Aged T cell immune system aggravates late-onset experimental autoimmune encephalomyelitis

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2020

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Oh, Jiyoung
Wang, Weikan
Su, Dong-Ming

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Abstract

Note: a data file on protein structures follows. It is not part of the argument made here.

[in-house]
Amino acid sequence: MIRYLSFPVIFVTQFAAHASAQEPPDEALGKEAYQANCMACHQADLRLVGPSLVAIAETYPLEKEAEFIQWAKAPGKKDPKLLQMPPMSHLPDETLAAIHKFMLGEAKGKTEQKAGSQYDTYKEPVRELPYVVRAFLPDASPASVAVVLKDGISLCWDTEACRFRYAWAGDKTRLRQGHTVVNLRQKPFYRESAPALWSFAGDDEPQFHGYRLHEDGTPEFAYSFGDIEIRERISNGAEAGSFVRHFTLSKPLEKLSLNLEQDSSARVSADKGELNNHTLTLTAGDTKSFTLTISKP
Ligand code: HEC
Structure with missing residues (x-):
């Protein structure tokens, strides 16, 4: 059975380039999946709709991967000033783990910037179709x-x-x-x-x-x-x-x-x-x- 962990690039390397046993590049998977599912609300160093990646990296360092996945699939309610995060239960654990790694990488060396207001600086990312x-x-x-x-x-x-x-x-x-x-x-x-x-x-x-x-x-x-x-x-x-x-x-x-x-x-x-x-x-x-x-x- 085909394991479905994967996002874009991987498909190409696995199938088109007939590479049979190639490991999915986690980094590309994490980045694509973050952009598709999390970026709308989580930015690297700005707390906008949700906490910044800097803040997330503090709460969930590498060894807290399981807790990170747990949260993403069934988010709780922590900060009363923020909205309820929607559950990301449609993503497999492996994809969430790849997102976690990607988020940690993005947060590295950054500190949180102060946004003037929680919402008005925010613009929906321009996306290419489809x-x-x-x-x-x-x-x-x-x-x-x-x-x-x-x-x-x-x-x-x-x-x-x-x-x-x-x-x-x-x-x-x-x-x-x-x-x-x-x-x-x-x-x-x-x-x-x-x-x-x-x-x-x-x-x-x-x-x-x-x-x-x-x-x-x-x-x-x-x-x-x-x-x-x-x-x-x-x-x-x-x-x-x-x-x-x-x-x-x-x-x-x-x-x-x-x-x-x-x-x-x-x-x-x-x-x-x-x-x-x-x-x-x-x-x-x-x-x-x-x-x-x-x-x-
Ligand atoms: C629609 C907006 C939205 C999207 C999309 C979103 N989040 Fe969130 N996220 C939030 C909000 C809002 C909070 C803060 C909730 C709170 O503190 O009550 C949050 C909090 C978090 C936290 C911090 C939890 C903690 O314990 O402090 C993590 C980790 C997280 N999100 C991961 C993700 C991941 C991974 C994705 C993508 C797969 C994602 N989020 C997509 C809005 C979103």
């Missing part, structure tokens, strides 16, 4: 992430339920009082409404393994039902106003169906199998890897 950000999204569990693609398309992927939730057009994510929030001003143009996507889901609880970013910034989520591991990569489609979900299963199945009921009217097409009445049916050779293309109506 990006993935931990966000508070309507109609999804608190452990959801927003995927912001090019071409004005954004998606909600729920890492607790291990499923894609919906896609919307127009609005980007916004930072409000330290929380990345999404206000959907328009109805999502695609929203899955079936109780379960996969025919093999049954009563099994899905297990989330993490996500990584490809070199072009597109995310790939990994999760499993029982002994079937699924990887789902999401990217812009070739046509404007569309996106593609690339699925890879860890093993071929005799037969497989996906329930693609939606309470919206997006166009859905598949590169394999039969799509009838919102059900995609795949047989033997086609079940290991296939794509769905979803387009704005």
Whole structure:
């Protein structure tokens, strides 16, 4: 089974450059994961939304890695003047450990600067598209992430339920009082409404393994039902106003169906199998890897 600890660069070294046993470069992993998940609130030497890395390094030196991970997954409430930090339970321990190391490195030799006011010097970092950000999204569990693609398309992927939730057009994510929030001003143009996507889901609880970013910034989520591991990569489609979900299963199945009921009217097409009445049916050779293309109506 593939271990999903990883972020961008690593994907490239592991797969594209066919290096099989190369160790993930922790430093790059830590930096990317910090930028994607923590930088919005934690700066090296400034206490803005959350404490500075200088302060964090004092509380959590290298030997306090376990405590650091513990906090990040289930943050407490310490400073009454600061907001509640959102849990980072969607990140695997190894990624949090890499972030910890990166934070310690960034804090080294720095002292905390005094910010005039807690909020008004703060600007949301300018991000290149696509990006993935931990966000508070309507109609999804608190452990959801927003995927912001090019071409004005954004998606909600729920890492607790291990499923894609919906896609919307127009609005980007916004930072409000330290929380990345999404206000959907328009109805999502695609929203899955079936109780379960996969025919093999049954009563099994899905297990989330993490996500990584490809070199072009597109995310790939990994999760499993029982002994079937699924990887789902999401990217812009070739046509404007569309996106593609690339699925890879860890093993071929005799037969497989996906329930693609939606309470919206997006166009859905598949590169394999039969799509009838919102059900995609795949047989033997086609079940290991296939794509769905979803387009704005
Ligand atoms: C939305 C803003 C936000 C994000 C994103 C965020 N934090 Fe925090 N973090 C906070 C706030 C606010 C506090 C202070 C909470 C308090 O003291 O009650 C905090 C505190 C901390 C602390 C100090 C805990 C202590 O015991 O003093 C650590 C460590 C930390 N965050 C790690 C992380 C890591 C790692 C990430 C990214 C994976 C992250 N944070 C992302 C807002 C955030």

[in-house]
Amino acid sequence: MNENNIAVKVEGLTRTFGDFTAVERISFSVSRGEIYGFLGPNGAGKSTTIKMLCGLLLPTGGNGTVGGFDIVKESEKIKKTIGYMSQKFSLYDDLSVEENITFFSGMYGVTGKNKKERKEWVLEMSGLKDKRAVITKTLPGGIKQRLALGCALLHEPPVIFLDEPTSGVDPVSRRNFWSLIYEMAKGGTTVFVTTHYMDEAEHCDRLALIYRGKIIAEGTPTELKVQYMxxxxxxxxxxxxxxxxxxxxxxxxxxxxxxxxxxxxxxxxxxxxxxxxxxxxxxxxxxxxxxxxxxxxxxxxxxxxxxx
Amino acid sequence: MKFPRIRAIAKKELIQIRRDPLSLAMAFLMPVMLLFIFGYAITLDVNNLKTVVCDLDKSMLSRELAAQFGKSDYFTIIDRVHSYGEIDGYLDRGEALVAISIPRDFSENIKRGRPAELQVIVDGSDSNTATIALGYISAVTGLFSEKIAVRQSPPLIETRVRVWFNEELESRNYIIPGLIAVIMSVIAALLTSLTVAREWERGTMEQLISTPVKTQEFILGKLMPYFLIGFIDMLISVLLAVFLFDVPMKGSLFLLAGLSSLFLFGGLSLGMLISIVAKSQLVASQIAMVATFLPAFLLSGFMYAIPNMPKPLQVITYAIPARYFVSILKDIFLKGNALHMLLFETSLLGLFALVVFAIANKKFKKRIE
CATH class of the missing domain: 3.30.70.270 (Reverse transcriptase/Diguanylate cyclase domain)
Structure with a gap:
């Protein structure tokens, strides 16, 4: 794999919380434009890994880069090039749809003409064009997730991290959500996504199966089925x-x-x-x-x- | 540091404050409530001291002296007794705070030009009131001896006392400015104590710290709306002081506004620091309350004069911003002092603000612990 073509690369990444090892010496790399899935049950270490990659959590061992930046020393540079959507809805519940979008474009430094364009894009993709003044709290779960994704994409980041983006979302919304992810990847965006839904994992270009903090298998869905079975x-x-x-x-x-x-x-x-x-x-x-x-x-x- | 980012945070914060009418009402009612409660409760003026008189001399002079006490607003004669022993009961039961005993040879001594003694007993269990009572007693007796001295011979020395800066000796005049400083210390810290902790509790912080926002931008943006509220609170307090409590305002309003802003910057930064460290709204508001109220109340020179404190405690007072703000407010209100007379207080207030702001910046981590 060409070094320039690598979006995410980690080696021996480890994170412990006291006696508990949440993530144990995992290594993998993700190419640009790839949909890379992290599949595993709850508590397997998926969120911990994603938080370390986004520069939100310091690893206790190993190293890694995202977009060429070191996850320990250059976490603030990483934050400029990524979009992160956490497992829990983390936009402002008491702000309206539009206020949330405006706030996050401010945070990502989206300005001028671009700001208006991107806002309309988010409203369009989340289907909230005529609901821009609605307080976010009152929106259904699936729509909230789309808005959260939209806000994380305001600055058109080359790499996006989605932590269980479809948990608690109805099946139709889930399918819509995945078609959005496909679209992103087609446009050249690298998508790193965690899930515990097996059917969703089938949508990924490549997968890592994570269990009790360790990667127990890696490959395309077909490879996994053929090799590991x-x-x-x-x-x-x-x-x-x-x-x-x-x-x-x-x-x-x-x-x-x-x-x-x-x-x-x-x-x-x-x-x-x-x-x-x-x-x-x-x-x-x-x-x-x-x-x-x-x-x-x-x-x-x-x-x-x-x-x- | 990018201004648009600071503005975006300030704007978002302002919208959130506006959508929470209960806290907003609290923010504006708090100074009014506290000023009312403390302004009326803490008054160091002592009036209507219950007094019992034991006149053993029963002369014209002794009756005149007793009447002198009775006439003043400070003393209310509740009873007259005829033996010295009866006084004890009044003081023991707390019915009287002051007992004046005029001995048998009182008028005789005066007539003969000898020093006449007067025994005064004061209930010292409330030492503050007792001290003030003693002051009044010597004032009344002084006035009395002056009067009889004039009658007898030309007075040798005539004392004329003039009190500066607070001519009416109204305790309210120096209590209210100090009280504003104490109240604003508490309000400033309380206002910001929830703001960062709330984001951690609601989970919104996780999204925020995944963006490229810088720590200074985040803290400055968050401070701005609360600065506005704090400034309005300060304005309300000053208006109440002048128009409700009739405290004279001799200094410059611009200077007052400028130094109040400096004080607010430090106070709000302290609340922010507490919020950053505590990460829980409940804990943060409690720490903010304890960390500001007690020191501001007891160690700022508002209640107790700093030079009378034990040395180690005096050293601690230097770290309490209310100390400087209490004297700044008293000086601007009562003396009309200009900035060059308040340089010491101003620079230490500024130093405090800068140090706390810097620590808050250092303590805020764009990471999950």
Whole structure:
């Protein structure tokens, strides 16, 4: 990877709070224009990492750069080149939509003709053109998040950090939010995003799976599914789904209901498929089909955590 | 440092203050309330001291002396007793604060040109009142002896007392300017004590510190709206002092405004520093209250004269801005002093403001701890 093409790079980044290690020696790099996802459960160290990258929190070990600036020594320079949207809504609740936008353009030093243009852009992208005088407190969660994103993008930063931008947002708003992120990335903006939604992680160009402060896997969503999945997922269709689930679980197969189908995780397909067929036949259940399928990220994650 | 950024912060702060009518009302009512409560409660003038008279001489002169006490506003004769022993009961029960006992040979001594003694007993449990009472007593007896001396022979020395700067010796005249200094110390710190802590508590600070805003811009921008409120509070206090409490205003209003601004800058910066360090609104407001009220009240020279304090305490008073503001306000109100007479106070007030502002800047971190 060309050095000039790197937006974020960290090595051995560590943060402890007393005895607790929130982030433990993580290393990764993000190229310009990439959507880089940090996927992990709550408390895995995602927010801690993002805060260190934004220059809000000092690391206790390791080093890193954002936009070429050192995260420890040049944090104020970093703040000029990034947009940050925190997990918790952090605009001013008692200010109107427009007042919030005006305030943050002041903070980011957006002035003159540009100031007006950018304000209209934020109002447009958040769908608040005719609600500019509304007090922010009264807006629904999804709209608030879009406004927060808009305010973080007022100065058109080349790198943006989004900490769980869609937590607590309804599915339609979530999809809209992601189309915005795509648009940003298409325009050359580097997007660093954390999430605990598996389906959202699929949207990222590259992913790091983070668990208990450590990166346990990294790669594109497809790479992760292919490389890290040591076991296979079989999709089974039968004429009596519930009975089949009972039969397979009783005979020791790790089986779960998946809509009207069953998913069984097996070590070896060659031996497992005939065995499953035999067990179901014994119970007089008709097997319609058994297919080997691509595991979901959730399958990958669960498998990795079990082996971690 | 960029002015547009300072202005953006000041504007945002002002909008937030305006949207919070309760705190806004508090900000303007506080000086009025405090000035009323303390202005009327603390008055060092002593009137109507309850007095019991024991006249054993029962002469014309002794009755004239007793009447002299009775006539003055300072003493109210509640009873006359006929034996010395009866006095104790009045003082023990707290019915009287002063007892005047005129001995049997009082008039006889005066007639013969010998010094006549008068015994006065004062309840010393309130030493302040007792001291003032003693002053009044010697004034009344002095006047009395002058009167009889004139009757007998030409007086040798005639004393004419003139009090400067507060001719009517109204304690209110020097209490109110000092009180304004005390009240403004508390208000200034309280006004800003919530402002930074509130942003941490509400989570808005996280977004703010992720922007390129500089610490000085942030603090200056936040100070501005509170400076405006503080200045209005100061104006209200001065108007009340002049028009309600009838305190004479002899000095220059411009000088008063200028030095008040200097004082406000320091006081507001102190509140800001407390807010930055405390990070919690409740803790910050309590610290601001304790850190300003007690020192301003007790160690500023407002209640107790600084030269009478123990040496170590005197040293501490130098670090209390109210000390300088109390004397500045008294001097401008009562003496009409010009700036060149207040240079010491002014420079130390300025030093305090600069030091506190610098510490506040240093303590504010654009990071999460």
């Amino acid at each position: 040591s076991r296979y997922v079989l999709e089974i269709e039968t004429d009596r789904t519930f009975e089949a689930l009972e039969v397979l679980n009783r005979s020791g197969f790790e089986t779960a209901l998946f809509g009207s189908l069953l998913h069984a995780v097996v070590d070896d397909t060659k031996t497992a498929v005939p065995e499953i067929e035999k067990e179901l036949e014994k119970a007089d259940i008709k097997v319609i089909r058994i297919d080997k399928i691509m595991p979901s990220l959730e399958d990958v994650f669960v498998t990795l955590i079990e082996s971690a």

Purpose: human multiple sclerosis (MS) mirrored by a mouse model experimental autoimmune encephalomyelitis (EAE) is autoreactive conventional T (Tcon) cell-mediated neuroinflammatory diseases, while regulatory T (Treg) cells can slow the disease. Although MS mostly attacks young adults, its onset is also observed in aged people, termed late-onset MS, which presents a severer progression and more neurological damages, under the aged aberrant T cell immune milieus. However, it is unknown how aged T cells contribute to late-onset MS and what are the underlying mechanism(s). Methods: We use mouse EAE model by immunizing young and aged mice to induce EAE and investigated the disease course and the profiles of Tcon versus Treg cells inside and outside of the central nervous system (CNS). Results: We determined that aged mice had two types of EAE courses, different from the young mice. Type-I: EAE onset in aged group is later than, but rapidly becomes more severe than the young group; Type-II: in some aged mice the severity of EAE symptoms was never stronger than in young mice. However, once the secondary challenge is applied, their symptoms develop faster and are more severe than their young counterparts. Treg cells are accumulated in the peripheral lymphoid organs in aged EAE mice, but not efficiently infiltrating or expanding inside the CNS to restore neuroinflammation. Conclusions: Even though Treg cells are accumulated in the aged periphery, the CNS infiltrated Treg cells are decreased, which are insufficient to protect neurological damages in late-onset EAE.

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